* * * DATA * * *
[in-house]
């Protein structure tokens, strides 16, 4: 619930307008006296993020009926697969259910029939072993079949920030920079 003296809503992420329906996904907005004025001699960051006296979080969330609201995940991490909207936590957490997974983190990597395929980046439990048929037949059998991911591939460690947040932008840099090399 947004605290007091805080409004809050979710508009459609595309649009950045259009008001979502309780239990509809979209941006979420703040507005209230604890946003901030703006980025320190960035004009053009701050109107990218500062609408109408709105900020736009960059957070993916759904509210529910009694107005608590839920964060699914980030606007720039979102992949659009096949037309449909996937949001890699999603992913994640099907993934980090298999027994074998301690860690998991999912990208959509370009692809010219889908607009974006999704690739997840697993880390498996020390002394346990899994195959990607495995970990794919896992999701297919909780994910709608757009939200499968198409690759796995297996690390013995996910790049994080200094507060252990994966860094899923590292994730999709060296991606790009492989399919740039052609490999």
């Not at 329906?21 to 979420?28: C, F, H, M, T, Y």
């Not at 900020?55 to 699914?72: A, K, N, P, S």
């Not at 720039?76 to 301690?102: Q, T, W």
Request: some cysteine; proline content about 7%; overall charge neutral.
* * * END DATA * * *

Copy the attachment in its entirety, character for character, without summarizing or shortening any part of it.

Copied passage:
[in-house]
């Protein structure tokens, strides 16, 4: 619930307008006296993020009926697969259910029939072993079949920030920079 003296809503992420329906996904907005004025001699960051006296979080969330609201995940991490909207936590957490997974983190990597395929980046439990048929037949059998991911591939460690947040932008840099090399 947004605290007091805080409004809050979710508009459609595309649009950045259009008001979502309780239990509809979209941006979420703040507005209230604890946003901030703006980025320190960035004009053009701050109107990218500062609408109408709105900020736009960059957070993916759904509210529910009694107005608590839920964060699914980030606007720039979102992949659009096949037309449909996937949001890699999603992913994640099907993934980090298999027994074998301690860690998991999912990208959509370009692809010219889908607009974006999704690739997840697993880390498996020390002394346990899994195959990607495995970990794919896992999701297919909780994910709608757009939200499968198409690759796995297996690390013995996910790049994080200094507060252990994966860094899923590292994730999709060296991606790009492989399919740039052609490999």
């Not at 329906?21 to 979420?28: C, F, H, M, T, Y």
């Not at 900020?55 to 699914?72: A, K, N, P, S």
């Not at 720039?76 to 301690?102: Q, T, W």
Request: some cysteine; proline content about 7%; overall charge neutral.